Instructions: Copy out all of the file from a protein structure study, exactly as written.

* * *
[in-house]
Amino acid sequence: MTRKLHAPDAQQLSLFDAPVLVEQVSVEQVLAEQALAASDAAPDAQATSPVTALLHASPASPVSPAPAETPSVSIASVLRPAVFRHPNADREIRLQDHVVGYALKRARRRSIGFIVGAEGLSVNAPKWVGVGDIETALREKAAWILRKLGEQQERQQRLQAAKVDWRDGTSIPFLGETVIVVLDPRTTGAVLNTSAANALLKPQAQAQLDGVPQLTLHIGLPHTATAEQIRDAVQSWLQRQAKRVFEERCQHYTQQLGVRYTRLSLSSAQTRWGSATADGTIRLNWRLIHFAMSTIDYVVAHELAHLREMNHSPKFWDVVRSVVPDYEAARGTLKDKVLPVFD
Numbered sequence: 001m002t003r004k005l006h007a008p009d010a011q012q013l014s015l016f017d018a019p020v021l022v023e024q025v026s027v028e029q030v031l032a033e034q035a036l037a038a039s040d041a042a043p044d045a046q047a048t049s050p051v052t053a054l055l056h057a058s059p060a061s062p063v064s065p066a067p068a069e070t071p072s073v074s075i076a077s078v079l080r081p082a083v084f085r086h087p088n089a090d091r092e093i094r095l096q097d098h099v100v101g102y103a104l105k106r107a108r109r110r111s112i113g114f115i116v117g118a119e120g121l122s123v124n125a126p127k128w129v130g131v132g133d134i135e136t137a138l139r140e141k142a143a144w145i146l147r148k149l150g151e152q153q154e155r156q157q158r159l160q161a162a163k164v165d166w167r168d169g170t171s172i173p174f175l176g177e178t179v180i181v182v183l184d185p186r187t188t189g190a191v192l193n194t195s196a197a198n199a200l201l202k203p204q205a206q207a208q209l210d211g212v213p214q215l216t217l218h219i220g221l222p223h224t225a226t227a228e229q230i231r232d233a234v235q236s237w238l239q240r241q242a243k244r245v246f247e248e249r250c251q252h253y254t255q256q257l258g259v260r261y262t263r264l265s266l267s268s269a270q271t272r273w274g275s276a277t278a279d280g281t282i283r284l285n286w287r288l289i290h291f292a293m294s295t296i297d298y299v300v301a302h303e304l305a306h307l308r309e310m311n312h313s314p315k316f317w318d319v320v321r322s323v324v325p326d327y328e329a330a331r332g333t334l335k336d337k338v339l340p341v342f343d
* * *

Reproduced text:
[in-house]
Amino acid sequence: MTRKLHAPDAQQLSLFDAPVLVEQVSVEQVLAEQALAASDAAPDAQATSPVTALLHASPASPVSPAPAETPSVSIASVLRPAVFRHPNADREIRLQDHVVGYALKRARRRSIGFIVGAEGLSVNAPKWVGVGDIETALREKAAWILRKLGEQQERQQRLQAAKVDWRDGTSIPFLGETVIVVLDPRTTGAVLNTSAANALLKPQAQAQLDGVPQLTLHIGLPHTATAEQIRDAVQSWLQRQAKRVFEERCQHYTQQLGVRYTRLSLSSAQTRWGSATADGTIRLNWRLIHFAMSTIDYVVAHELAHLREMNHSPKFWDVVRSVVPDYEAARGTLKDKVLPVFD
Numbered sequence: 001m002t003r004k005l006h007a008p009d010a011q012q013l014s015l016f017d018a019p020v021l022v023e024q025v026s027v028e029q030v031l032a033e034q035a036l037a038a039s040d041a042a043p044d045a046q047a048t049s050p051v052t053a054l055l056h057a058s059p060a061s062p063v064s065p066a067p068a069e070t071p072s073v074s075i076a077s078v079l080r081p082a083v084f085r086h087p088n089a090d091r092e093i094r095l096q097d098h099v100v101g102y103a104l105k106r107a108r109r110r111s112i113g114f115i116v117g118a119e120g121l122s123v124n125a126p127k128w129v130g131v132g133d134i135e136t137a138l139r140e141k142a143a144w145i146l147r148k149l150g151e152q153q154e155r156q157q158r159l160q161a162a163k164v165d166w167r168d169g170t171s172i173p174f175l176g177e178t179v180i181v182v183l184d185p186r187t188t189g190a191v192l193n194t195s196a197a198n199a200l201l202k203p204q205a206q207a208q209l210d211g212v213p214q215l216t217l218h219i220g221l222p223h224t225a226t227a228e229q230i231r232d233a234v235q236s237w238l239q240r241q242a243k244r245v246f247e248e249r250c251q252h253y254t255q256q257l258g259v260r261y262t263r264l265s266l267s268s269a270q271t272r273w274g275s276a277t278a279d280g281t282i283r284l285n286w287r288l289i290h291f292a293m294s295t296i297d298y299v300v301a302h303e304l305a306h307l308r309e310m311n312h313s314p315k316f317w318d319v320v321r322s323v324v325p326d327y328e329a330a331r332g333t334l335k336d337k338v339l340p341v342f343d